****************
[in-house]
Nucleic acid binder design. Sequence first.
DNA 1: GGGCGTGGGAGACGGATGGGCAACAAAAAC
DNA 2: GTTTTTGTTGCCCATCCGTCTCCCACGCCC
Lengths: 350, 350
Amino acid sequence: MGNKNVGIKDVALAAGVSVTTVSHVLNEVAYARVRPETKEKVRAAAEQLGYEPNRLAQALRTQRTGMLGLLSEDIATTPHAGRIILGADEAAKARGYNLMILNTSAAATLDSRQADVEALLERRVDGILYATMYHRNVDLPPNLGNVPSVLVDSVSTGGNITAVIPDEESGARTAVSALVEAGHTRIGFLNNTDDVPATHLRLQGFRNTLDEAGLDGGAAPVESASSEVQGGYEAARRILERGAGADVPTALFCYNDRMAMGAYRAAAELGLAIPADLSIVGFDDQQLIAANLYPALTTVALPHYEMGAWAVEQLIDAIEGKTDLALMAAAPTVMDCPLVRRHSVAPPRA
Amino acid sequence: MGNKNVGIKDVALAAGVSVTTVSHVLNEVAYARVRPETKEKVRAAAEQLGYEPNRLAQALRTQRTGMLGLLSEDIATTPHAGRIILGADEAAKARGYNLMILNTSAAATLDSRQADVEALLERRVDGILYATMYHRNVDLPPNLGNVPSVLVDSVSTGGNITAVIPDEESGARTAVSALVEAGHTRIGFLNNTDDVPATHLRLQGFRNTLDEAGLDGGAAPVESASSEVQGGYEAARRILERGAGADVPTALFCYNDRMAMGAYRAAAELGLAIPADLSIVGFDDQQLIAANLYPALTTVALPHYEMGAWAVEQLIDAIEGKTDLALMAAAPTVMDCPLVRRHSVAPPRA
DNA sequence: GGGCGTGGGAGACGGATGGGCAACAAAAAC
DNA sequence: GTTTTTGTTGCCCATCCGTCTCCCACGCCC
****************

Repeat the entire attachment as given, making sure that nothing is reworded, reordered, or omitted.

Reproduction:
[in-house]
Nucleic acid binder design. Sequence first.
DNA 1: GGGCGTGGGAGACGGATGGGCAACAAAAAC
DNA 2: GTTTTTGTTGCCCATCCGTCTCCCACGCCC
Lengths: 350, 350
Amino acid sequence: MGNKNVGIKDVALAAGVSVTTVSHVLNEVAYARVRPETKEKVRAAAEQLGYEPNRLAQALRTQRTGMLGLLSEDIATTPHAGRIILGADEAAKARGYNLMILNTSAAATLDSRQADVEALLERRVDGILYATMYHRNVDLPPNLGNVPSVLVDSVSTGGNITAVIPDEESGARTAVSALVEAGHTRIGFLNNTDDVPATHLRLQGFRNTLDEAGLDGGAAPVESASSEVQGGYEAARRILERGAGADVPTALFCYNDRMAMGAYRAAAELGLAIPADLSIVGFDDQQLIAANLYPALTTVALPHYEMGAWAVEQLIDAIEGKTDLALMAAAPTVMDCPLVRRHSVAPPRA
Amino acid sequence: MGNKNVGIKDVALAAGVSVTTVSHVLNEVAYARVRPETKEKVRAAAEQLGYEPNRLAQALRTQRTGMLGLLSEDIATTPHAGRIILGADEAAKARGYNLMILNTSAAATLDSRQADVEALLERRVDGILYATMYHRNVDLPPNLGNVPSVLVDSVSTGGNITAVIPDEESGARTAVSALVEAGHTRIGFLNNTDDVPATHLRLQGFRNTLDEAGLDGGAAPVESASSEVQGGYEAARRILERGAGADVPTALFCYNDRMAMGAYRAAAELGLAIPADLSIVGFDDQQLIAANLYPALTTVALPHYEMGAWAVEQLIDAIEGKTDLALMAAAPTVMDCPLVRRHSVAPPRA
DNA sequence: GGGCGTGGGAGACGGATGGGCAACAAAAAC
DNA sequence: GTTTTTGTTGCCCATCCGTCTCCCACGCCC